How Google Sabotaged Itself So It Wouldn't Buy Skype

Microsoft bought Skype for $US8.5 billion, presumably beating out both Google and Facebook. But it turns out, Google didn't want Skype. Not at all, in fact. They even went so far as to sabotage themselves from a potential deal.

Back in 2009, Google execs, CEO Eric Schmidt included, were interested in landing Skype from eBay to presumably supplement the not-yet-released Google Voice. GV product manager Wesley Chan was investigating whether Skype would be a good fit for Google and decided it wasn't. Skype's strength peer-to-peer technology, which Chan termed old technology, and wouldn't fit well with Google's desire to own the cloud. That's when Chan "laid the grenades" to derail the deal.

According to Chan, he and another ally went to Sergey Brin to convince the Google co-founder that buying Skype would be a big mistake. They brainstormed an idea to kill the deal in a meeting with all the top Google execs, Chan would praise Skype and then Brin would shut him down. Wired says:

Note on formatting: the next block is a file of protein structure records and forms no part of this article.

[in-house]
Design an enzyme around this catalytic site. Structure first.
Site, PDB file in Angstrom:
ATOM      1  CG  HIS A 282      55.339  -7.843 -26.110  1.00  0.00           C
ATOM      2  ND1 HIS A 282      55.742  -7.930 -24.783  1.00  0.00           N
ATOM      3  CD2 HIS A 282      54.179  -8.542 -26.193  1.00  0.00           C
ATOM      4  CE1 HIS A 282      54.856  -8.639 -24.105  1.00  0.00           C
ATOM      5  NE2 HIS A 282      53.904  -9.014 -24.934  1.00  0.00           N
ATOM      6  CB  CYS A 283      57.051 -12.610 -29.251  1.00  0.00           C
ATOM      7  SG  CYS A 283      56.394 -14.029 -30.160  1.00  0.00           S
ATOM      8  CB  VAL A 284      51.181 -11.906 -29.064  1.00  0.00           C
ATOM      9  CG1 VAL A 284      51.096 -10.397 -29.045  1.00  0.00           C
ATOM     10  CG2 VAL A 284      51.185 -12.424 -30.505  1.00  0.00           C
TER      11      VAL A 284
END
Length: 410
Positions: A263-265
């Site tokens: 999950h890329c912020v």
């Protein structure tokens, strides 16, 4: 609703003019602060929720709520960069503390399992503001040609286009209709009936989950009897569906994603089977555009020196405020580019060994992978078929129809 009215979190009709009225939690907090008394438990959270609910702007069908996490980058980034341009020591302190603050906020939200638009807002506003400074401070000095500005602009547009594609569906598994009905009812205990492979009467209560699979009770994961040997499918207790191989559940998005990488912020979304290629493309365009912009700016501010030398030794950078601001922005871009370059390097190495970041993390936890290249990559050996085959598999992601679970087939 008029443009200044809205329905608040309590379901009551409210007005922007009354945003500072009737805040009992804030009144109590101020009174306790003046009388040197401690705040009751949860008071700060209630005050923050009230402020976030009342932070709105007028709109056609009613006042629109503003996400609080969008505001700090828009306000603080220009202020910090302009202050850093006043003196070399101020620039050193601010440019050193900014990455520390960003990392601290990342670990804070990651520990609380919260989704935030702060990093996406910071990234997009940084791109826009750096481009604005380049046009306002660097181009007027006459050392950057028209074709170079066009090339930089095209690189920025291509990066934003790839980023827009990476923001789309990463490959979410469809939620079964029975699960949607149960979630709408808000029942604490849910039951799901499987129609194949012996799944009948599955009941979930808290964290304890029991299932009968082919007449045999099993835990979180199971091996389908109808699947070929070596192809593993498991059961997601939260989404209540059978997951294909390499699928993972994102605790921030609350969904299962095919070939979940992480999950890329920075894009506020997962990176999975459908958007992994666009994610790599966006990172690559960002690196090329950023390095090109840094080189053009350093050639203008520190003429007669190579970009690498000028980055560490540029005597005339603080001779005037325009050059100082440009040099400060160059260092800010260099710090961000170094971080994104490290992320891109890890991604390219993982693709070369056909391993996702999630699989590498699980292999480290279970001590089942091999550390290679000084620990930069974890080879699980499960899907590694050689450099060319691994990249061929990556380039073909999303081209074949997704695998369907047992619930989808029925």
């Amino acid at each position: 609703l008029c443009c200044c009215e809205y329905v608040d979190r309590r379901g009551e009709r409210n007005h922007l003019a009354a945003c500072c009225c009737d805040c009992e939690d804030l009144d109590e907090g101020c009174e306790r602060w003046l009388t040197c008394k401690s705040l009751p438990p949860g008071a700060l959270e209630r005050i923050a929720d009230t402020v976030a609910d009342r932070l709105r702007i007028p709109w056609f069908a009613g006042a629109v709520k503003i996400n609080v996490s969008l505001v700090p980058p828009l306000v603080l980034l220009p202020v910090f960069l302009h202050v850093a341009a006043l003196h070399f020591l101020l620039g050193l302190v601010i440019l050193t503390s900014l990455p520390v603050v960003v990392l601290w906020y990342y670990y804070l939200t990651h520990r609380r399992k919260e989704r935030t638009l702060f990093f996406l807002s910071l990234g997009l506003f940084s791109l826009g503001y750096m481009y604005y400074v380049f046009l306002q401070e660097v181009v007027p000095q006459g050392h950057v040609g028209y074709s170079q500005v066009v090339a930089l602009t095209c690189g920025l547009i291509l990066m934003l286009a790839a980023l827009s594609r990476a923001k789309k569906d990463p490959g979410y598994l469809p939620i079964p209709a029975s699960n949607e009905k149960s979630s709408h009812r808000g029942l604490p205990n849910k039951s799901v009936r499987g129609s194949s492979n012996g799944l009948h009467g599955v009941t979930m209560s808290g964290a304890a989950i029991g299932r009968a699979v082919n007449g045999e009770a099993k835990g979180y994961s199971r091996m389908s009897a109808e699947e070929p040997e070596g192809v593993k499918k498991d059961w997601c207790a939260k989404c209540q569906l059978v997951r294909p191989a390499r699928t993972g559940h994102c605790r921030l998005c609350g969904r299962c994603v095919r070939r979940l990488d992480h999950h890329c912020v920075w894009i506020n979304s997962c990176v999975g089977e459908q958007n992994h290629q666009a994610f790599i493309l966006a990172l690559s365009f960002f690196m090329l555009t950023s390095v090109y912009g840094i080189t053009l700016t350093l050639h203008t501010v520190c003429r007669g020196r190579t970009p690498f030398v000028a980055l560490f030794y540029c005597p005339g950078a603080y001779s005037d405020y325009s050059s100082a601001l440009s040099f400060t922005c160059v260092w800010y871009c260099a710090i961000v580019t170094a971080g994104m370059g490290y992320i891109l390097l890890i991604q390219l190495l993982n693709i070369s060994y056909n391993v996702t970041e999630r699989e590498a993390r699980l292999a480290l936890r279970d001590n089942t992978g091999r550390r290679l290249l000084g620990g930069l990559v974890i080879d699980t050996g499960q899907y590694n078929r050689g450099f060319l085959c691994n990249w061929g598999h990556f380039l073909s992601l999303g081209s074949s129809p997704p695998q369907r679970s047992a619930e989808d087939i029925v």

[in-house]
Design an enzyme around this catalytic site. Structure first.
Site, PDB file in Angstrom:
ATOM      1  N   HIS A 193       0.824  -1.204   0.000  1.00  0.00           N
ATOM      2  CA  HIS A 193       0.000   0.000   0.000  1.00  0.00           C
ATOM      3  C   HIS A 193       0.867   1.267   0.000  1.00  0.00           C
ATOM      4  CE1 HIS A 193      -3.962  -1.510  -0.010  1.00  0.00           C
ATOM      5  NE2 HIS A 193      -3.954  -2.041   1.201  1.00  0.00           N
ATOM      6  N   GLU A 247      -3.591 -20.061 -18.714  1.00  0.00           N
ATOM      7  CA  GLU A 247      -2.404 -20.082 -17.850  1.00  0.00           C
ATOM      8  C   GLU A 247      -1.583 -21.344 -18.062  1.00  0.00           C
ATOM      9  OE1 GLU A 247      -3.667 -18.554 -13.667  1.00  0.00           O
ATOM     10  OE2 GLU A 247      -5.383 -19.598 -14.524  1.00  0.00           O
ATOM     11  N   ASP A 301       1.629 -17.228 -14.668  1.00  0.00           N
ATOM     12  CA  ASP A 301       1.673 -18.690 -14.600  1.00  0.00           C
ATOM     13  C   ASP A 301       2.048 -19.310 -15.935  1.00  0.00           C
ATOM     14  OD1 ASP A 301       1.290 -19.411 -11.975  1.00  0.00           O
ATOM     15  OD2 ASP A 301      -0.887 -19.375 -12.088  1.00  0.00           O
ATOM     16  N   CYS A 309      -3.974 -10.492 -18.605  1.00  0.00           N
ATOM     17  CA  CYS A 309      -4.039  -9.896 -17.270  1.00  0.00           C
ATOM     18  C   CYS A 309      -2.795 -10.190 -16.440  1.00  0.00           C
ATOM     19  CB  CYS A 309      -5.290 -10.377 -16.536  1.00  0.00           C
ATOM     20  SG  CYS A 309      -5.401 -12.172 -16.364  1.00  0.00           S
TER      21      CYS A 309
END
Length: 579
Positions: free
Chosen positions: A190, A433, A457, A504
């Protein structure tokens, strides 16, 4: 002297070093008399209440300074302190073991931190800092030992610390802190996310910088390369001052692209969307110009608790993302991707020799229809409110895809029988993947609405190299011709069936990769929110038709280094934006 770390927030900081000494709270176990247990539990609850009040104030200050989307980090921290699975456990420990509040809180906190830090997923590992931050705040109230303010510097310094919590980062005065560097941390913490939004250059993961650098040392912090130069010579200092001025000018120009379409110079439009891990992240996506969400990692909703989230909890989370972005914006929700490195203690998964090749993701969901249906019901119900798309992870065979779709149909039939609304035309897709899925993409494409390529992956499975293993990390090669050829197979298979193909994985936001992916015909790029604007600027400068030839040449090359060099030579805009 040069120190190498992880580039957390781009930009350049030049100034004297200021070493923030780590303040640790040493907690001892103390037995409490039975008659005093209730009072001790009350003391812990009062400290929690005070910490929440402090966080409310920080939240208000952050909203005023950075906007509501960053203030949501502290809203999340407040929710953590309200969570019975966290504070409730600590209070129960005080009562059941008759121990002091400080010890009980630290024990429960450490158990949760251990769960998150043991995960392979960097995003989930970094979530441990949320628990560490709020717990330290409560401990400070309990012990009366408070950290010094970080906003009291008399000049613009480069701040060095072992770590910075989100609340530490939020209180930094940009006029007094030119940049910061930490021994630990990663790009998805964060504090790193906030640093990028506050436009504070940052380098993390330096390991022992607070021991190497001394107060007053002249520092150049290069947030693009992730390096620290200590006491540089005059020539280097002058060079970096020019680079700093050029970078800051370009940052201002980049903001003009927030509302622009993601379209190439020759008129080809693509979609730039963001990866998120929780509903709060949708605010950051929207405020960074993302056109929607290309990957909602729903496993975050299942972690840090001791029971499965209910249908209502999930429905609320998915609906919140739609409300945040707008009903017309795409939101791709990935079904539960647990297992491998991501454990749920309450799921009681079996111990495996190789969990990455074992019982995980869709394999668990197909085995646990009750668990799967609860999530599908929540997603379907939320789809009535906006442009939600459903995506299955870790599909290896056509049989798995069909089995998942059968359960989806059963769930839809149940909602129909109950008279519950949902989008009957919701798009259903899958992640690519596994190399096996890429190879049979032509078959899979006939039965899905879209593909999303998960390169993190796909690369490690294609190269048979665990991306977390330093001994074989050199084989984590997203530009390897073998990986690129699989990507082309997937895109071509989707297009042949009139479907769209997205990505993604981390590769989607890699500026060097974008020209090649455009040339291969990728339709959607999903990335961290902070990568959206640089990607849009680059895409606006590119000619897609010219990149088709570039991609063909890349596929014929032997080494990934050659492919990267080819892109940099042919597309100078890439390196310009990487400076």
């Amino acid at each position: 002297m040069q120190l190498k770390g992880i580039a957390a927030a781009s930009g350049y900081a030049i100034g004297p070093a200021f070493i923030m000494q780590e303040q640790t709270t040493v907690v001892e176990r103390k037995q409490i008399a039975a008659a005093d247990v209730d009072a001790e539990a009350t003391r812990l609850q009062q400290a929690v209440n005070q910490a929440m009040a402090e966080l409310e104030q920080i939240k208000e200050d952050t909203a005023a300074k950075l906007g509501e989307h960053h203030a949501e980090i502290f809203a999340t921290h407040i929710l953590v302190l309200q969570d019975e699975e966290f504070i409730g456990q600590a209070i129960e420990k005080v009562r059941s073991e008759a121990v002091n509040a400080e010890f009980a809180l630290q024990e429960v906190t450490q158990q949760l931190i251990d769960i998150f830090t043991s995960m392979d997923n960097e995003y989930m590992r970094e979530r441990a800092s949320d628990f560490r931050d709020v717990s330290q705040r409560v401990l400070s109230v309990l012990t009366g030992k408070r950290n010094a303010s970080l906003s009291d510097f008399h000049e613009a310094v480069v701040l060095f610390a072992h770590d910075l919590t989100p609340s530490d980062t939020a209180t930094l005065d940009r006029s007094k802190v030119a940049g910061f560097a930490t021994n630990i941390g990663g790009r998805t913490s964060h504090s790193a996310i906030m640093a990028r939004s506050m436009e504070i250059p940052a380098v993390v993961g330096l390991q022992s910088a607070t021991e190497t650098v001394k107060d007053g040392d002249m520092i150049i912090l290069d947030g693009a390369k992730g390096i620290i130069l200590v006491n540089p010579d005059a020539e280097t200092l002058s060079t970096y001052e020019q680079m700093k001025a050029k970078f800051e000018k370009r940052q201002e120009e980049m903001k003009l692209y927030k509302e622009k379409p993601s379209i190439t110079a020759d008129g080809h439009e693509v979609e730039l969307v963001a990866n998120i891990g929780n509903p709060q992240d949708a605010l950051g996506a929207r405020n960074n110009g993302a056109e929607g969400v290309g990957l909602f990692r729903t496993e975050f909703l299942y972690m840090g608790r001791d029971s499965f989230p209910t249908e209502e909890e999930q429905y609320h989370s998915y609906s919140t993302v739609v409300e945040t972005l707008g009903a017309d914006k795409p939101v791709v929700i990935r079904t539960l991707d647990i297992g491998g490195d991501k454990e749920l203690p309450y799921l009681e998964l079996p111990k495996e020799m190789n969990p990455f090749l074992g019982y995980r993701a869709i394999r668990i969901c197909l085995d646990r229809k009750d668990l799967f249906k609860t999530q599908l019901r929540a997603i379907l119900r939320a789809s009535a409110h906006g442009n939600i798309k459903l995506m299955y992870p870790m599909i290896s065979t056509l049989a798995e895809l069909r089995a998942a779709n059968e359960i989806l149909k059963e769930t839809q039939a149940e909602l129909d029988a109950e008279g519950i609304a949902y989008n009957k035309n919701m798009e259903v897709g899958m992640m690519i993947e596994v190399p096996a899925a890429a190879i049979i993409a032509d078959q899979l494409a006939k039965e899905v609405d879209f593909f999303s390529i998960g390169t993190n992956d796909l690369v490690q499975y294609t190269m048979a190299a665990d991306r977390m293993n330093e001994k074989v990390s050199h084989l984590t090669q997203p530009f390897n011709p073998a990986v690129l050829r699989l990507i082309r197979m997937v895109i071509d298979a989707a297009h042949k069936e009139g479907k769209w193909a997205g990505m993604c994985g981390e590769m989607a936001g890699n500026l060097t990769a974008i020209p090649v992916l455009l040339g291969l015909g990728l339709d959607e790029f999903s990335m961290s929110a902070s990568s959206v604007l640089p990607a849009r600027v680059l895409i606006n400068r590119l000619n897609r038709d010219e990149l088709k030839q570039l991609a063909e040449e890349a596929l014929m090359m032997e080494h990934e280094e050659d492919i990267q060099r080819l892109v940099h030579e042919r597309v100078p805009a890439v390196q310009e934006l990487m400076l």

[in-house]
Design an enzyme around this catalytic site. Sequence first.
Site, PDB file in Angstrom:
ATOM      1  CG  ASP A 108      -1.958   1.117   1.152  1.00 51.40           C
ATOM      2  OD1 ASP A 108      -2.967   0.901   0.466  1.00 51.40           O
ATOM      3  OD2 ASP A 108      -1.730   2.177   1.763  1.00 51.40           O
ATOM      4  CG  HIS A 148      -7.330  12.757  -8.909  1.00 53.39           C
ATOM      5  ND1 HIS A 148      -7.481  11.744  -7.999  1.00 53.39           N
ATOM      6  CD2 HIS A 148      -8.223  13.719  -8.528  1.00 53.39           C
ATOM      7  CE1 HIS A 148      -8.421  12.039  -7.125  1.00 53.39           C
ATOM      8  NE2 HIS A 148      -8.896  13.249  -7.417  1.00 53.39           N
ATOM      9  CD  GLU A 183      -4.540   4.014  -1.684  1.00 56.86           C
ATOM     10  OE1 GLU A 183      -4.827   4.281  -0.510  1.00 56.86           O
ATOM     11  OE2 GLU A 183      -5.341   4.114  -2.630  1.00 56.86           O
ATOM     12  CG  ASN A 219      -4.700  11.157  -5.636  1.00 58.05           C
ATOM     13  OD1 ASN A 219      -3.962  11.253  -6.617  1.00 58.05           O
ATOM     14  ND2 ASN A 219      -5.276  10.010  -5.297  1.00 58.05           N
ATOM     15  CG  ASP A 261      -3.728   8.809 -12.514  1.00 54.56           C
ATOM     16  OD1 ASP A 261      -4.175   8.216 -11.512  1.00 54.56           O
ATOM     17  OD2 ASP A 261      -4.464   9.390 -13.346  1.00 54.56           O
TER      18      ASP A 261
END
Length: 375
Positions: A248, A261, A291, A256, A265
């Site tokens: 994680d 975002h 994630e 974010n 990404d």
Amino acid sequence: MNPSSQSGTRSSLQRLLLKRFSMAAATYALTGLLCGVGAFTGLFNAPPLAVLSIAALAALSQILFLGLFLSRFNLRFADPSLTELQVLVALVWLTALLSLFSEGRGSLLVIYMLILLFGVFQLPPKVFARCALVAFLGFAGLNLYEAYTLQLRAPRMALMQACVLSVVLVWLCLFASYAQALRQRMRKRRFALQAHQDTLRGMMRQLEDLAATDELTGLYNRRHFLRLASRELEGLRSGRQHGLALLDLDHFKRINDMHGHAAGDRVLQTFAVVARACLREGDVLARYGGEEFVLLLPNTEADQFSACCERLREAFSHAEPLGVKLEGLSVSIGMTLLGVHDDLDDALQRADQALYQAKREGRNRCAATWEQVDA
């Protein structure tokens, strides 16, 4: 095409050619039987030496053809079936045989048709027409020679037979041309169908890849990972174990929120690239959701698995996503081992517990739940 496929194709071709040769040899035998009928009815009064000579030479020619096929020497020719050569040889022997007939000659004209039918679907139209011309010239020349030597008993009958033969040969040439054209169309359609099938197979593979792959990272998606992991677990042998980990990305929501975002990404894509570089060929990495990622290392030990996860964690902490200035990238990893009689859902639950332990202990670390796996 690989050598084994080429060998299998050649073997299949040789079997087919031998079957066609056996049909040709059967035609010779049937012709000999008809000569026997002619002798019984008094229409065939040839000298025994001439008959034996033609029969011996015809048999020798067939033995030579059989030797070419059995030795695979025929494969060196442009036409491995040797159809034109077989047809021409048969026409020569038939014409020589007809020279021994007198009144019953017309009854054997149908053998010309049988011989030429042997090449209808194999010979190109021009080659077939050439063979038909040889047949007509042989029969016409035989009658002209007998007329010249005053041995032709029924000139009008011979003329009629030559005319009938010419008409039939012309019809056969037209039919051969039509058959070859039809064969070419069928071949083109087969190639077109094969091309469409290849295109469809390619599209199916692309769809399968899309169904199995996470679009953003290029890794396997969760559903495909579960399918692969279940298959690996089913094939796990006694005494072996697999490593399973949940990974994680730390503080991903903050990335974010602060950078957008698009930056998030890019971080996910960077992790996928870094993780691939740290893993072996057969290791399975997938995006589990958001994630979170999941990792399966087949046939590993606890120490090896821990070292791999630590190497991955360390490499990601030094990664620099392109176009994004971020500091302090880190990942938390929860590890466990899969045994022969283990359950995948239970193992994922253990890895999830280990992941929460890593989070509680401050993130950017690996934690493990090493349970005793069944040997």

Brin seized the floor "and started getting really negative." "He asked a series of questions that he knew would get unsatisfactory answers. Is this purchase data-driven? Who is going to spend all those months commuting to Europe? (No one stepped up.) How long is the government review expected to take? As Chan had figured, the advocates of the deal were unprepared to respond to these last-minute objections.

"[Sergey]looks at me and says, ‘Why would I want this risk? We have a team capable of building the carrier, we have the users, we have hundreds of millions of Gmail users, why do we need to have Skype?' And at that point, Sergey gets up and says, ‘This is the dumbest shit I've ever seen.' And Eric gets up and walks out of the room, and I'm like, okay, the deal's off."

And poof. No Skype for the Google. Google instead continued its build out of Google Voice and Microsoft just spent $US8.5 billion today. [Wired]

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